These early efforts were limited, restricted by nascent special effects technology and the perceived lack of an eager audience. Rush was broadcast seven months before the cinematic release of Bryan Singer’s X-Men, which demonstrated that audiences were eager to eat up CGI-fueled superhero spectacle. The landscape changed pretty quickly. Sam Raimi would release Spider-Man two weeks before the broadcast of The Truth. Chris Carter would suggest that some of the failure of The X-Files: I Want to Believe was down to opening the week after The Dark Knight.

Rush plays out a lot of the standard superhero tropes, with Tony effectively getting his own superhero origin story. Like Peter Parker, he stands around and allows himself to become complicit in the death of an innocent bystander – Peter had Uncle Ben, Tony has Deputy Foster. Like Peter Parker, Tony is contrasted with an antagonist who would use a similar gift for personal gain. Like Peter Parker, Tony even lives alone with an elderly female relative who is constantly worried about him.

He's super, thanks for asking.

He’s super, thanks for asking.

Of course, the comparison isn’t perfect. While Tony intervenes to stop Max from killing Sheriff Harden, it is Chastity who ultimately intervenes to kill Max. Although Tony’s arrest spurs the plot of Rush, the episode is much more interested in the character Max; Tony only gets a single interaction with his mother, while Max’s relationship with his father is a recurring plot thread. More than that, it is not as if the climax of Rush sets up the audience for the continuing adventures of Tony.

Still, the episode touches on many of the tropes of the “teenagers with superpowers” genre, evoking comparisons to many of the iconic Marvel superhero properties about young kids who find themselves assigned incredible power. (Spider-Man and the X-Men are perhaps the most obvious examples.) “I’m going to make you one of us,” Max promises Tony, making it clear that these powers serve as a distinction between the primary characters and the rest of the student population.

"No Mulder, I did not check for an 'X gene'. Whatever that is."

“No Mulder, I did not check for an ‘X gene’. Whatever that is.”

This reflects, perhaps, an interesting shift in the superhero narrative at the turn of the millennium. In their classic iterations, teenage superheroes were traditionally pseudo-tragic figures; their powers were more of an obligation than a cause for celebration. As written by Stan Lee and Steve Ditko, Peter Parker’s problems were often compounded (rather than alleviated) by his gifts. Under writers like Stan Lee and Chris Claremont, the same powers that allowed the X-Men to save the world led to that world to fear and hate them.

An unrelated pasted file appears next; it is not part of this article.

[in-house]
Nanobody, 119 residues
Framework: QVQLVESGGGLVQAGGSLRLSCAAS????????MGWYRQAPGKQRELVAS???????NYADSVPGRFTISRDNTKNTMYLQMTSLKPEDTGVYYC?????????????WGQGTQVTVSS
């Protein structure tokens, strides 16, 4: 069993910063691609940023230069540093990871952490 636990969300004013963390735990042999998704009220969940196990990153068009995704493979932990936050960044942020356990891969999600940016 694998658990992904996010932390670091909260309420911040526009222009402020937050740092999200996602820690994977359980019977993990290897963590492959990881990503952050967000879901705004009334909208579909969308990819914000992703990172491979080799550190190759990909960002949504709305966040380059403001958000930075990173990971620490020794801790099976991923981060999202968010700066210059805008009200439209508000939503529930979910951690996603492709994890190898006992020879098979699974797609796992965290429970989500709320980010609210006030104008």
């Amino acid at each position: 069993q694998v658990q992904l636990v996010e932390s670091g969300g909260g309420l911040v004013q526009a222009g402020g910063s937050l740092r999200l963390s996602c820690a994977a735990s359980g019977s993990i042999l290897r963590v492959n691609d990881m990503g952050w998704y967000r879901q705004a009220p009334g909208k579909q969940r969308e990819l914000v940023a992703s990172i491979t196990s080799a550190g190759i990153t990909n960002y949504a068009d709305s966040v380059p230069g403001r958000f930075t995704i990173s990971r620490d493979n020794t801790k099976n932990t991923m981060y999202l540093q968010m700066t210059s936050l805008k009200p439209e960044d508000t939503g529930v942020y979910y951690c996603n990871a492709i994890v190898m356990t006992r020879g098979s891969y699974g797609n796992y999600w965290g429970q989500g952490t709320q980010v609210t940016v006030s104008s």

Particularly during Chris Claremont’s seventeen-year run on Uncanny X-Men, teenage superpowers became a way of coding difference. Mutants became stand-ins for just about any minority – whether racial, cultural, sexual. Teenager superheroes were perpetual outsiders, who were forced to either “pass” for normal or to live in social exile. It was an effective metaphor for issues relating to conformity and identity, particularly in the context of the seventies and eighties.

A ticking clock...

A ticking clock…

(In a way, this emphasis on the superpowered teen protagonist as “other” could be seen as a reflection of The X-Files‘ own anxiety about conformity reverberating through the mythology’s fixation on clones or the “monster of the week” stories set in suburbia. The tendency of “normal” society to reject the perceived “mutants” could be read as a cautionary tale about the imposition of rigidly defined values by the majority, perhaps also playing out in The X-Files‘ narratives about the eccentric spaces fading from the American cultural landscape.)

However, there were understandable problems with this portrayal of teenage superheroes as stand-ins for the minority experience. Most notably, the five origin X-Men created by Stan Lee and Jack Kirby were all very white and middle-class – a bunch of teenagers attending a Westchester boarding school. Chris Claremont and his artists (including John Byrne, John Romita Jr. and Jim Lee) would attempt to add some diversity to the portrayal of the X-Men, but the “mutants as minority” metaphor was never as simple as it might seem.

To the Max...

To the Max…

Within the context of the late nineties, the “teenage superhero as other” metaphor lent itself to broader discussions of cultural appropriation. The divide between “normal” and “other” was never quite as clear cut as the classic X-Men made it appear. After all, white teenagers had a long history of appropriating black culture as a means of asserting an identity distinct from that of their parents. As Tricia Rose contends in Black Noise: